Part of the process for me will be taking a picture each day of the items and coming to terms with what value those items brought to my life and accepting that they no longer do. If something comes out of a pile, it will be because I realize it still adds value.
One of the tools that the Minimalists speak of is a “Must List”. Their thought (like mine) is that people say they “should” do things but never get to it. They just took it further and realized that our goals must be reframed as something we “must” do. When we view our goals as something we “should” do then we give ourselves a way out.
With that in mind I have started working on my list of what I feel I must do to live the life I want.
Last summer Jules and I went to a bachelorette party for a friend. During dinner conversation someone asked Jules where she would like to live. Jules immediately said “I want to live in a tiny house.” My attention shifted back to that topic and I must have had quite a shocked look and tone because she immediately looked abashed, saying “Wait, haven’t I told you about that?”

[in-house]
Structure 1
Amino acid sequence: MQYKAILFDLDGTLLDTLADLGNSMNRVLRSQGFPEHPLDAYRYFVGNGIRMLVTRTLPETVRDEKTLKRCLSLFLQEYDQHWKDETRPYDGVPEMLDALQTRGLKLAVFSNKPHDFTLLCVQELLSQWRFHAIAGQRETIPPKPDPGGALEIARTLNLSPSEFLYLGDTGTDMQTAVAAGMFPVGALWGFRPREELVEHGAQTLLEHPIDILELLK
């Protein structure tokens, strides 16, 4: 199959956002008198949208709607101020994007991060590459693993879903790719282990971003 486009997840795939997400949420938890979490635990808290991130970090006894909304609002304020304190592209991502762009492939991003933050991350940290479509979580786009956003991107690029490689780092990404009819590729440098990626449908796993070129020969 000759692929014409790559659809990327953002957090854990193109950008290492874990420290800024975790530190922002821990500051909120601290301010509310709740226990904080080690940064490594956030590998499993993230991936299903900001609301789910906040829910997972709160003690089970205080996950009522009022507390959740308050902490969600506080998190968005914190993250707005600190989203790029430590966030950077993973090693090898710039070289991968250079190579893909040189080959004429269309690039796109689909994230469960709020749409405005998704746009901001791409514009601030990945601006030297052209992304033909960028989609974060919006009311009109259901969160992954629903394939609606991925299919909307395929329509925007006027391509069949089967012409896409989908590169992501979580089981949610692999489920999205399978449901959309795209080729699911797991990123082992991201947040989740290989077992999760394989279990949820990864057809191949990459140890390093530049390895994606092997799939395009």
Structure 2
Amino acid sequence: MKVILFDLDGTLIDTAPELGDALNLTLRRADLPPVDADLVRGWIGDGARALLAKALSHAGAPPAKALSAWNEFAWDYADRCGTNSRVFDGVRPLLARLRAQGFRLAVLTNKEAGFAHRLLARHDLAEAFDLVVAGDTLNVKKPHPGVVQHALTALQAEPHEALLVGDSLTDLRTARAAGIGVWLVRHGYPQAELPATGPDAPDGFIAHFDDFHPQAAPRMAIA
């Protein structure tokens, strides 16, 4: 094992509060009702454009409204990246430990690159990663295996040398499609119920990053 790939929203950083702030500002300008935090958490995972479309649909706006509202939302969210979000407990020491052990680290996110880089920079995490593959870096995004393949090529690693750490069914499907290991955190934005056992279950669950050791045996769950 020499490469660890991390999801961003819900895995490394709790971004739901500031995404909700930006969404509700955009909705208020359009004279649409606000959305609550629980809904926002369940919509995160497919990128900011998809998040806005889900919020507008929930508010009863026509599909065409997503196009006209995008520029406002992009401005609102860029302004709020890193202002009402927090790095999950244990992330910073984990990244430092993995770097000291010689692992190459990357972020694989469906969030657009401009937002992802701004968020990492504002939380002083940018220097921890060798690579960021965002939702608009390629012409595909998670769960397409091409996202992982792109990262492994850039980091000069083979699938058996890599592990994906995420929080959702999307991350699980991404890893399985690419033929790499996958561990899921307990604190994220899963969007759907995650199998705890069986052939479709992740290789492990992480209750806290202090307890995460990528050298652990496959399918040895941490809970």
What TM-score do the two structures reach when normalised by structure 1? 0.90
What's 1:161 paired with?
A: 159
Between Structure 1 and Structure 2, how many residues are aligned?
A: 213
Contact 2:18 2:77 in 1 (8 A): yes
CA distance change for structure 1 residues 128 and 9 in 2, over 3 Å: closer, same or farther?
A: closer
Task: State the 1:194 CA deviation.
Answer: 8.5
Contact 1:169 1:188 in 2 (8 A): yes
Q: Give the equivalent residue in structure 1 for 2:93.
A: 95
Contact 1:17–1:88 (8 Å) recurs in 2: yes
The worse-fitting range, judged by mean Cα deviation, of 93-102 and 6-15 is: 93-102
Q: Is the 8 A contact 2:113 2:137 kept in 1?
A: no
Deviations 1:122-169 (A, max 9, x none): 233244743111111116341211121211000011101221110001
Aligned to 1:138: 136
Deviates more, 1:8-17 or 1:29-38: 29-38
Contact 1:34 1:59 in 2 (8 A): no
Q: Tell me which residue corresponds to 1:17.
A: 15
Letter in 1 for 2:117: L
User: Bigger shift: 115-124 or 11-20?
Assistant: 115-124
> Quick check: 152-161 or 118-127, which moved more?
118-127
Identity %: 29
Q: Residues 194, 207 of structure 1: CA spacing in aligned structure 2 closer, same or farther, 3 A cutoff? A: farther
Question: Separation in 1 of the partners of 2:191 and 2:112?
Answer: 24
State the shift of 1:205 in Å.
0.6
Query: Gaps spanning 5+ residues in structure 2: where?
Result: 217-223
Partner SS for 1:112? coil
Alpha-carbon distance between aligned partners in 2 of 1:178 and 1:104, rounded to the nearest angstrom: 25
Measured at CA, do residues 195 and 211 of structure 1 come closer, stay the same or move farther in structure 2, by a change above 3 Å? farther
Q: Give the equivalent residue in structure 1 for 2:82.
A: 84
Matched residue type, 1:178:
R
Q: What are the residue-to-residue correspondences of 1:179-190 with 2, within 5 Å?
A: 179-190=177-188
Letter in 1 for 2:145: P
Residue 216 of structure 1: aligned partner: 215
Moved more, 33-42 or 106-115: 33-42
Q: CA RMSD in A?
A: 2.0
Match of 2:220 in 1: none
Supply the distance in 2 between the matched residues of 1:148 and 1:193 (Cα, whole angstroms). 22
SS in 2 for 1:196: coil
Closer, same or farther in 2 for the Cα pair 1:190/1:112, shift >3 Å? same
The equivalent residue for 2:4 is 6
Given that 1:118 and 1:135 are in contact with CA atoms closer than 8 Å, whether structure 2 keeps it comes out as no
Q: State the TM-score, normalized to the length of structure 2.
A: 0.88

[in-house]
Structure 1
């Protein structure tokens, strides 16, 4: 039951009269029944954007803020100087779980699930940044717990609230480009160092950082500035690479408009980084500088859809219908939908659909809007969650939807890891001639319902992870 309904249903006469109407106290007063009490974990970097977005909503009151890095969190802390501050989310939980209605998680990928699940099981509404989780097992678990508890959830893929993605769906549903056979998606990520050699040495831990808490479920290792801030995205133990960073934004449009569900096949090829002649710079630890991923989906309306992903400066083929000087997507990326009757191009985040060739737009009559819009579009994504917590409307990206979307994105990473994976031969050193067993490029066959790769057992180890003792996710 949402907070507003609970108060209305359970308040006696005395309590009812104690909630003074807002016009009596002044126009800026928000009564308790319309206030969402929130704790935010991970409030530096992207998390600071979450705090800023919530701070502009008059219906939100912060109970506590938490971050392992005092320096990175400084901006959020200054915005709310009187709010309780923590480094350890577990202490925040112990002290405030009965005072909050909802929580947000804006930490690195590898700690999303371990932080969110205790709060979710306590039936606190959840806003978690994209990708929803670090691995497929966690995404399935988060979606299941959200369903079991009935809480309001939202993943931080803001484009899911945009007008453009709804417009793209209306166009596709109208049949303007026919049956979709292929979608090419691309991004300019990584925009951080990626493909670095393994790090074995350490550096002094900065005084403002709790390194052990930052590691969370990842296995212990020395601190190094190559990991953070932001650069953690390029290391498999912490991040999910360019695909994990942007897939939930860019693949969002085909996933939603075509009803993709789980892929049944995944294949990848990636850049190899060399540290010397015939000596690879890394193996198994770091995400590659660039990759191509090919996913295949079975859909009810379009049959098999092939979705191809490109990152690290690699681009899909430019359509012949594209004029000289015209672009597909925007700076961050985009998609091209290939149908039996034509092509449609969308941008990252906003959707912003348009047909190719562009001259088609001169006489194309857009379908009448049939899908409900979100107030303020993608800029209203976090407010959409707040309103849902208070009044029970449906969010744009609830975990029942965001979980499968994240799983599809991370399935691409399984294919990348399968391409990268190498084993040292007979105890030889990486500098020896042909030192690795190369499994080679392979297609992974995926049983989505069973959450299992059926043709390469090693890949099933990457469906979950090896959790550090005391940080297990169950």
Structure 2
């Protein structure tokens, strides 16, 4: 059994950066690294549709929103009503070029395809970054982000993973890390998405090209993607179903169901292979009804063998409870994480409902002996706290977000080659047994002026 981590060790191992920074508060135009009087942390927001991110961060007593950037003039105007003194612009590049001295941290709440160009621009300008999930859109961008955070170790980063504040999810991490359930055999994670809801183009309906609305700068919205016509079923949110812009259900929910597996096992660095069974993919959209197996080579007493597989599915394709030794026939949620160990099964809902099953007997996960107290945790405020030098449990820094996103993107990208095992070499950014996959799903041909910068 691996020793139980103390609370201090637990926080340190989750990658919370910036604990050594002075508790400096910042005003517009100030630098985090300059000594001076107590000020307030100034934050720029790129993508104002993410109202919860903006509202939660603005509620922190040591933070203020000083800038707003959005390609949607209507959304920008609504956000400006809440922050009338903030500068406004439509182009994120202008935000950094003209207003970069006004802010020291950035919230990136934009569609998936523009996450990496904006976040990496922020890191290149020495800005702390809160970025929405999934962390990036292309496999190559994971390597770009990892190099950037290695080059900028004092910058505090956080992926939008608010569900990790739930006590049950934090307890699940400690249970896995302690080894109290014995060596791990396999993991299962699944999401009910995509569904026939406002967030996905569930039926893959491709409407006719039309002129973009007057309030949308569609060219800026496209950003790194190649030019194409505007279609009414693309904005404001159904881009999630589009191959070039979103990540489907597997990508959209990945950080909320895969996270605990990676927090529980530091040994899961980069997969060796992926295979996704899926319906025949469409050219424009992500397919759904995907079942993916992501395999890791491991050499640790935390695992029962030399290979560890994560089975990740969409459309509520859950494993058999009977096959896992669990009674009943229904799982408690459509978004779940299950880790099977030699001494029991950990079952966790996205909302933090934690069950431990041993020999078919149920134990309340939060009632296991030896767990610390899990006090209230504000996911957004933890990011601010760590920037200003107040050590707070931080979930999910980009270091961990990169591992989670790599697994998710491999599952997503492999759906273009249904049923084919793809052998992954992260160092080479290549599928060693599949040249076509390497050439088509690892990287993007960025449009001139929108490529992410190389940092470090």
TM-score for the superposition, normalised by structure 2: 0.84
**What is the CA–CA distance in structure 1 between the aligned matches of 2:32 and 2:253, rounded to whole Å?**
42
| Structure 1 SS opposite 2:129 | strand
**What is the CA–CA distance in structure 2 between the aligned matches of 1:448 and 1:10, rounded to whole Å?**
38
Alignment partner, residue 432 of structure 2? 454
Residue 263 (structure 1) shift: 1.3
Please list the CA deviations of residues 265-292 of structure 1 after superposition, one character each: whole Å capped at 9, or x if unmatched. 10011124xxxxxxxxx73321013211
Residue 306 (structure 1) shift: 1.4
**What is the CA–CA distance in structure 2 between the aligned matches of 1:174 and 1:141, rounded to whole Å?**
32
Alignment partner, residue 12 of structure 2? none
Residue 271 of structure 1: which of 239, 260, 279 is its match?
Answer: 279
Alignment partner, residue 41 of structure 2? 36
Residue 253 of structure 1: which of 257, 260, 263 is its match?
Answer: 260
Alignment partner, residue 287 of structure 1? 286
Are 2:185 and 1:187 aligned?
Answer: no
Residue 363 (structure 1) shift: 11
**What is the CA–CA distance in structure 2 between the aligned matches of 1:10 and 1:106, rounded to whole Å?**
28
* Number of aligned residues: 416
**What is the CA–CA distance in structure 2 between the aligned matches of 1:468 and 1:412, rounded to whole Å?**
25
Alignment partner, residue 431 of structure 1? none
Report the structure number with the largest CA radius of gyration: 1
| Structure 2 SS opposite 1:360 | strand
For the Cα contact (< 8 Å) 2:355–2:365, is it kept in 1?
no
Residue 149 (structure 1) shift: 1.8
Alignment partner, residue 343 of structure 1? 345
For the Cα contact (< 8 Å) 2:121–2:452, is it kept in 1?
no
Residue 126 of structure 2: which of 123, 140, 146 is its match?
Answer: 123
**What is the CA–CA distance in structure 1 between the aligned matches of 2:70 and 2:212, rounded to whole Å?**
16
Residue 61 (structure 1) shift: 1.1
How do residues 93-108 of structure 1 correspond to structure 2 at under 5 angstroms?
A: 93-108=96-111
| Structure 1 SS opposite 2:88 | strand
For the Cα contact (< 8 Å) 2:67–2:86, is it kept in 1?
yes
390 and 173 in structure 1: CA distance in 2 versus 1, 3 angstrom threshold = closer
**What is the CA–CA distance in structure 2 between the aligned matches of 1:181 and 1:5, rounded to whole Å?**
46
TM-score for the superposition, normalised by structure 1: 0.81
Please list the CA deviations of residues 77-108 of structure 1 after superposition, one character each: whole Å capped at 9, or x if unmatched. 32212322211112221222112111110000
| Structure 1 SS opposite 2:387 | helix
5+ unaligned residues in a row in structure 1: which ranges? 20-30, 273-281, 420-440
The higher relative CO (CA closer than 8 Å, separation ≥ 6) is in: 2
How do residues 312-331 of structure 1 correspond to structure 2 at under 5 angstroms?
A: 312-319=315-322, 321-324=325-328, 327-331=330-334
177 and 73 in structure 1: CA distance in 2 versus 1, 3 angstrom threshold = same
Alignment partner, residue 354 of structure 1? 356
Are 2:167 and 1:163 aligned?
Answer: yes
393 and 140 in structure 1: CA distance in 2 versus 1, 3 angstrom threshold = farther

I wasn’t upset that she hadn’t told me. My shock stemmed more from:
- Jules had a lot of stuff. I mean, A LOT. A spare room and a storage unit both crammed full of things.
- I had also wanted to live in a tiny house but felt I couldn’t because I also had too much stuff.
- I didn’t think I would have support in downsizing.
In the months since we have talked this through. We have both tried downsizing in fits and starts but nothing sustained. Things just weren’t clicking into place for me. Jules talks about using the KonMari method – which is basically grab an entire category of your stuff (such as books, clothes, or housewares) and pile them up in a room. Then take each item and see if it gives you a “spark of joy” – if not then get rid of it. That is just too overwhelming for me. So I did nothing much.
Then last night I started listening to the Minimalists podcast. And I checked their website a bit. And a path started to be revealed. This is the story of that intentional journey.